Latest statistics show that more than 900,000 people in the UK work under zero-hours contracts, up 20% on 2015. 'Zero-hours' is a general term used to describe employers hiring staff with no minimum level of work or pay. Workers are engaged on an ad hoc, casual basis and only paid for the work they actually do.
The legal position on zero-hours contracts is often misunderstood. They are not illegal, but are regulated. Individuals engaged in this way are likely to be legally categorised as 'workers' or 'employees', meaning they qualify for rights such as holiday pay and the minimum wage. Additionally, a term in a zero-hours contract prohibiting the person from working elsewhere, known as an 'exclusivity clause', is unenforceable.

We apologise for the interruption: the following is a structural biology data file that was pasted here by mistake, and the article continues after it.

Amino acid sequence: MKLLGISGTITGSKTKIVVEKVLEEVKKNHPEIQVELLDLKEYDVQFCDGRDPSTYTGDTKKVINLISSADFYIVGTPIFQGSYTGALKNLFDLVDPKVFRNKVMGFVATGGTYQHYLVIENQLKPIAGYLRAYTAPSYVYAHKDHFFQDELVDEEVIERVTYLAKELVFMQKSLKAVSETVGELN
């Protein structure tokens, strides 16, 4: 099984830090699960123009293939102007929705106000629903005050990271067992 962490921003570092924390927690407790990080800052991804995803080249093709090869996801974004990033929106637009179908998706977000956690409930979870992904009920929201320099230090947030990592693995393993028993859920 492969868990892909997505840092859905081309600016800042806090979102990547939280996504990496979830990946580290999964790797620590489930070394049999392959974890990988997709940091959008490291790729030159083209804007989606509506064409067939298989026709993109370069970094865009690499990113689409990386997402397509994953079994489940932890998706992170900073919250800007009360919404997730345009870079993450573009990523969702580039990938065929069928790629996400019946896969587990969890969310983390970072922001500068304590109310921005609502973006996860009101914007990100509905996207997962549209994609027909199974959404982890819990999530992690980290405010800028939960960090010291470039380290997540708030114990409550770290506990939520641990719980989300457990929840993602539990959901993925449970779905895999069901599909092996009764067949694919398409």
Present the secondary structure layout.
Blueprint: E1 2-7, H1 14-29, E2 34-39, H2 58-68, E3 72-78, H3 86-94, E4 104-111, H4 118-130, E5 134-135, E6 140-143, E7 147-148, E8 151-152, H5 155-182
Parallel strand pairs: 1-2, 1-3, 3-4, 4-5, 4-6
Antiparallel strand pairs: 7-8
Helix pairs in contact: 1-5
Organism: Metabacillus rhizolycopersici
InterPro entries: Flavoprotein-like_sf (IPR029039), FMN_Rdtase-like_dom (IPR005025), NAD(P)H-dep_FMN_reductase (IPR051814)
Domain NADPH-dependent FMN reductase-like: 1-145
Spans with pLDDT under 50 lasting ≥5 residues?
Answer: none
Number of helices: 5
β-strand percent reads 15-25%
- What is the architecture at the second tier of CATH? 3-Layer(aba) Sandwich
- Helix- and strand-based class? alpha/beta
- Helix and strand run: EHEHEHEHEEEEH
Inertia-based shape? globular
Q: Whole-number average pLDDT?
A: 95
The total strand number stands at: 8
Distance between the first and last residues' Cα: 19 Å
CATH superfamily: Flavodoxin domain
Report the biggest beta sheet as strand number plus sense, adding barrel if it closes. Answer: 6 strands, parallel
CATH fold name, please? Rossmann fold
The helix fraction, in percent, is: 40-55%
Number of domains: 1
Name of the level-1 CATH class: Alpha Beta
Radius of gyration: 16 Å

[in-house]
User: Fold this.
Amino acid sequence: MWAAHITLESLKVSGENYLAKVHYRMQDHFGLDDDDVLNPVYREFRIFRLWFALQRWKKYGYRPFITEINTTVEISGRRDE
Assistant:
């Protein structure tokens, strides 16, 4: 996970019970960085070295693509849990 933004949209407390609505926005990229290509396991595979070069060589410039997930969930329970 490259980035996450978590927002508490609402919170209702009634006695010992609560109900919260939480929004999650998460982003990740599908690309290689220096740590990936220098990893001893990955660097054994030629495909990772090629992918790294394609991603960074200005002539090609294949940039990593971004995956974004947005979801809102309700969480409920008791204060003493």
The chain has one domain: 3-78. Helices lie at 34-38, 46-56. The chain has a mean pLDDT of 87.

While the flexibility of zero-hours arrangements is often beneficial for both parties, their use in some cases leads to job insecurity for workers and negative PR for the employer - Sports Direct being an obvious recent example. As a rule of thumb, businesses should consider carefully whether or not zero-hours contracts are clearly appropriate and justified before using them.
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